TorBox v.0.5.3 released

TorBox Chat Secure 2.0 log in screen
TorBox Chat Secure 2.0 log in screen

With the current release, we were focused on improving the functionalities in TorBox. For example, TorBox Chat Secure can now be a chatroom with an “open” channel for all participants and private channels (similar to the old and mighty IRC). We also added support and generation of SSH keys for the TorBox login, even though we stuck to the password authentication as default. However, turning off the password authentication in favor of the SSH public key authentication is possible and added to the Danger Zone sub-menu. The Danger Zone sub-menu comprises more risky features or ones still in testing. For example, you will find in this sub-menu a feature to exclude domains from tor protection. In other words, starting with this version of TorBox, you can decide that certain domains are always directly connected. This feature was a request from a user who wanted specific governmental sites in an authoritarian country to be connected directly and not through tor, even if he used tor for all other connections to protect himself. This feature can be helpful but is highly dependent on your threat model. If not applied in the right way, this feature can be harmful. We will add more features in this sub-menu with the next release. Aside from these new or improved features, we fixed a lot under the hood, which should improve usability. To do so in the future, we need your feedback. With the TorBox GitHub repository, it is straightforward for everyone to report issues or change the code and propose it in a pull request

TorBox Chat Secure v. 2.0 chat room
TorBox Chat Secure 2.0 chat room

TorBox Image (about 1.1 GB): v.0.5.3 (09.07.2023) – SHA-256 values
TorBox Menu only: v.0.5.3 (09.07.2023) – SHA-256 values

Since we had to install additional software packages and update the configuration files, it is necessary to use the new image or reinstall TorBox using one of our installation scripts.

• • •

Changelog: v.0.5.–> v.0.5.3 (09.07.2023)
  • Update: The system is based on Raspberry Pi OS “Bullseye” lite (64-bit) with Linux Kernel 6.1.21 and Tor version 0.4.7.13 with obfs4proxy version 0.0.14 and Snowflake 2.6.0. All installation scripts are updated to work with Raspberry Pi OS “Bullseye” (64-bit), Debian 11, 12, Ubuntu Server 22.04.02 LTS, and Ubuntu Server 23.04. We also improved the compatibility with Debian and Ubuntu and updated TorBox’s internal list of OBFS4 and Snowflake bridges.
  • Update: Realtek RTL8821CU wireless network driver
  • Update: TorBox Chat Secure version 2.0 (TCS). The idea behind the new version is to have a chatroom rather than only a person-to-person messenger. Also, by downloading a key, people can leave the chat room and log in later to see the “open” conversations and their messages in the private channels. All conversations are encrypted on the TorBox, but cannot be decrypted without the key. Turning TCS off will delete all encrypted data.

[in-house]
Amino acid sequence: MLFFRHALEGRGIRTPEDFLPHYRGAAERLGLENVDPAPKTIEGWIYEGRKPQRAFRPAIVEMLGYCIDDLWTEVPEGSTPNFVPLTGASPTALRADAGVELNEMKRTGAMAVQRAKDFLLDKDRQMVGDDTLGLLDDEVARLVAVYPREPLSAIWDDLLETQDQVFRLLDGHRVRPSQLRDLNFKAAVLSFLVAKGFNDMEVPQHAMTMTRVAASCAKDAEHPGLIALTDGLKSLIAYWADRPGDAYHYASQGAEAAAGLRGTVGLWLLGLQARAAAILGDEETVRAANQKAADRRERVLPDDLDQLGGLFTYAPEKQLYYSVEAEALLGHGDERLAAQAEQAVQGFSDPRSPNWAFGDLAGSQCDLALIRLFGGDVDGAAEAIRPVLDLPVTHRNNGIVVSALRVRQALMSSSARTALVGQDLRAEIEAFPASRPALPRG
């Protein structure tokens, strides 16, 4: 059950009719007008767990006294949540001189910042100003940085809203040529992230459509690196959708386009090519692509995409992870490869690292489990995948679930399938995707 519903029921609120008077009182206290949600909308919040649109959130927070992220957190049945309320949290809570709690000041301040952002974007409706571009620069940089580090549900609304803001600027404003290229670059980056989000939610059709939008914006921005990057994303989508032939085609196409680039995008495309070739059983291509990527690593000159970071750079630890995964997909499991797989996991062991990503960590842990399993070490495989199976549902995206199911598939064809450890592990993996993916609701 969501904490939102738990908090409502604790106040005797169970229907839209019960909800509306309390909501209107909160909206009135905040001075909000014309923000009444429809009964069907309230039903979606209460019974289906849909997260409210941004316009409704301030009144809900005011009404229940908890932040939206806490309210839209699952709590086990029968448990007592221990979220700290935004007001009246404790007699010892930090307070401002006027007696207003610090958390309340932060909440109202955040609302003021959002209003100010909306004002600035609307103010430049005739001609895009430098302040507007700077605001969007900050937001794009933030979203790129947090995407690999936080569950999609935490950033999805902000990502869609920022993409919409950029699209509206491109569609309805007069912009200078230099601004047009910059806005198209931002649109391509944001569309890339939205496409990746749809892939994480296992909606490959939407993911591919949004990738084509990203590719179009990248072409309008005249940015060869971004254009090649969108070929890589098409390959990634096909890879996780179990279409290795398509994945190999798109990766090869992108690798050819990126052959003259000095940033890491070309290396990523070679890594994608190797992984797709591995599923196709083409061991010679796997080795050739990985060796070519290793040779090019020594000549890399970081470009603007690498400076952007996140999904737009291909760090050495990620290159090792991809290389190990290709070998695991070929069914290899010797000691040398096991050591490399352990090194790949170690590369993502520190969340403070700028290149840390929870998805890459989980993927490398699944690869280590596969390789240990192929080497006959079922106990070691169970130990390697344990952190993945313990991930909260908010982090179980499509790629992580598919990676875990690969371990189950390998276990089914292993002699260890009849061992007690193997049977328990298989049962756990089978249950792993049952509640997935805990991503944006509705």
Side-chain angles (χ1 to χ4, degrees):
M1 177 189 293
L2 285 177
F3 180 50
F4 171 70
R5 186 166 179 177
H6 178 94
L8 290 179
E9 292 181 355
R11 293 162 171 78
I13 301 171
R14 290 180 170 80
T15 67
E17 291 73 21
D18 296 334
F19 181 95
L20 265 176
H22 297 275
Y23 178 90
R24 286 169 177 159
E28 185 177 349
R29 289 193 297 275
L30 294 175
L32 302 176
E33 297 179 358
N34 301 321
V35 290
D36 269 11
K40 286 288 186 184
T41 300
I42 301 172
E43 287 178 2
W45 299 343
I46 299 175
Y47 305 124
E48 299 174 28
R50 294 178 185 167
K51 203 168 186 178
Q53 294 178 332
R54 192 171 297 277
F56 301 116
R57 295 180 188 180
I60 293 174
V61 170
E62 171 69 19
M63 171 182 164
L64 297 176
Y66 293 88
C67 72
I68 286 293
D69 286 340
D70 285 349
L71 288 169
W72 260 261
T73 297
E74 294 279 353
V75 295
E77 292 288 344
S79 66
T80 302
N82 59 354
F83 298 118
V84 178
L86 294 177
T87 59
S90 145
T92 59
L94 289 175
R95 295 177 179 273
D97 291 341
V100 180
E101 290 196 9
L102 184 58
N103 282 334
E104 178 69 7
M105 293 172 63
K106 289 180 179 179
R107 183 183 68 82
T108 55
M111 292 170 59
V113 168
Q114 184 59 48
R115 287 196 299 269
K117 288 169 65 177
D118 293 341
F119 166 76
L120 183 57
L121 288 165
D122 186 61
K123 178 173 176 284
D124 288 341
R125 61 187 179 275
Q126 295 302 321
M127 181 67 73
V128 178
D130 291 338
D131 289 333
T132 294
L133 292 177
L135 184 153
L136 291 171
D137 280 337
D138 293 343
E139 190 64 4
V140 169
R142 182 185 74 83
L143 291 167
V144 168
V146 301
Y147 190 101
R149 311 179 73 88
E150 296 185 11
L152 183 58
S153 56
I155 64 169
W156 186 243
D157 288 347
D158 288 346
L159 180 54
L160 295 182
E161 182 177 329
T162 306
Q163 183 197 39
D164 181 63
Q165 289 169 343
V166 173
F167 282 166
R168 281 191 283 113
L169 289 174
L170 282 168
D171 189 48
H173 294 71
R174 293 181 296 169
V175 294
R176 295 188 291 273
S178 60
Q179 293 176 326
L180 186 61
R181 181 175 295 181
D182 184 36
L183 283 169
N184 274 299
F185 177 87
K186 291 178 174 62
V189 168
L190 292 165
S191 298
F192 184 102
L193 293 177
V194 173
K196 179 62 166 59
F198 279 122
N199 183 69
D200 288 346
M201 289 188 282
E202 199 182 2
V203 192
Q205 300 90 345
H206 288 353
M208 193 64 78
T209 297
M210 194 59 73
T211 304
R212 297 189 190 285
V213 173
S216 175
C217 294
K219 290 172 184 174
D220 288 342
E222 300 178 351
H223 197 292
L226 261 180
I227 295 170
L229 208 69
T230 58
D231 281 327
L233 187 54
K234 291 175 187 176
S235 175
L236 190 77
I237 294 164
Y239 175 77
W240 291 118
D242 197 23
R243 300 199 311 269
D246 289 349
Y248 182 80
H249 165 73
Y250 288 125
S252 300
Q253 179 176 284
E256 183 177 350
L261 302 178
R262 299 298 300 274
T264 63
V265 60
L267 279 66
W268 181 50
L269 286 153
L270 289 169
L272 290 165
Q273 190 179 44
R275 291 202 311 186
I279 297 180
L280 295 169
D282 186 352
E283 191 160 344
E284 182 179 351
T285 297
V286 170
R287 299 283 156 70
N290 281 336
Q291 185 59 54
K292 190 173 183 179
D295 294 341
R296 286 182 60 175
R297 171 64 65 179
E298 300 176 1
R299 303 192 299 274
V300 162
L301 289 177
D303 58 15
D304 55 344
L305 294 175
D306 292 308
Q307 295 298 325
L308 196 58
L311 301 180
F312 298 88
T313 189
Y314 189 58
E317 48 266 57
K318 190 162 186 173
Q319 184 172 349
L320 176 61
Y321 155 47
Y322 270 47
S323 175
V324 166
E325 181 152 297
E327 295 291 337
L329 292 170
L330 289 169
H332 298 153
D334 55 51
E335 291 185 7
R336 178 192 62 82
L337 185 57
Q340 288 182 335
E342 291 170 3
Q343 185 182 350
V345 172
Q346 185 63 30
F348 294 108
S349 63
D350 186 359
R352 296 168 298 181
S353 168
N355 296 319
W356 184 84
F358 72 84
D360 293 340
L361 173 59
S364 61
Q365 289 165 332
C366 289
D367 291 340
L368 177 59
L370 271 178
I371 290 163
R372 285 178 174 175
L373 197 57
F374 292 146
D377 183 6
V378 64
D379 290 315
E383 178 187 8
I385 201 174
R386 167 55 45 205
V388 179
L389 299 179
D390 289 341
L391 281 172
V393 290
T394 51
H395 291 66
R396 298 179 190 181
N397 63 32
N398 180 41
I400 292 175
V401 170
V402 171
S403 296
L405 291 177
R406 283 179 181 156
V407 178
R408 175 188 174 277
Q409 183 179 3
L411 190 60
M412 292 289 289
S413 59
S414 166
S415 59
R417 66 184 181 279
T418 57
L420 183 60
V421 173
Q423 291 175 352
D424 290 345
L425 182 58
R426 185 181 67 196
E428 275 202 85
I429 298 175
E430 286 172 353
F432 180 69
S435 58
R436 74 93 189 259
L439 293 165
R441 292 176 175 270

• New: The Danger Zone sub-menu collects features that are considered risky or could compromise the user’s security and anonymity. Therefore these features should only be used if the user knows the potential risks and consequences. For example, the “forwarding only” mode for client data traffic will function as a router without tor protection. This feature was also a request, but most of the time, it makes only sense in connection with developing and debugging.
WebSSH login with password
WebSSH login with password
  • New: Also, in the Danger Zone sub-menu, we added the possibility of excluding domains from being routed through tor. TorBox will communicate directly with the destination without protection if the domain is on the exclusion list. For example, if you use TorBox in the country Authoritarian (.aaa), you may use tor for all communications, but not when you have to go to a governmental website (let’s say www.government.aaa). In this case, you can exclude government.aaa from being routed through tor. Another use case could be that you want to stream something that doesn’t need protection (for example, a local music station) but uses much bandwidth. Please remember that tor does not protect the traffic to/from the IPs on the exclusion list. It would be best to assume that everyone will see that you connect these IP addresses. If not correctly encrypted (for example, by using HTTP, which is blocked by default), everyone can see the content of the communication to/from these IP addresses!
  • New: During the start-up of TorBox, by default, there is a failsafe in place to put TorBox’s AP back on wlan0 if it was used on wlan1. It will prevent a lock-out of the TorBox user. Based on another user request in the Danger Zone sub-menu TorBox’s AP can be permanently put on wlan1.
  • New: In the configuration sub menu, we added support and generation of SSH keys for the TorBox login. If SSH public key authentication are configured, it is possible to turn off SSH password login in the Danger zone.
  • New: WebSSH supports now SSH keys. Also, we applied the new style from TCS to WebSSH.
WebSSH login with SSH key
WebSSH login with SSH key
  • New: In highly authoritarian countries connecting the tor network could be seen as suspicious. Because ISPs can see, log, and even block hostnames, the installation scripts and also the first start-up dialogue allow changing or randomizing the default hostname of the TorBox. There is also a new entry in the countermeasure sub-menu, which allows to change or randomize a hostname later. This feature was also based on user feedback.
  • New: You can remove all tor bridges , fetch and use built-in bridges from the TorBrowser in the Update and Maintenance sub-menu. However, we think this is only a measure of last resort if nothing else gives you workable bridges.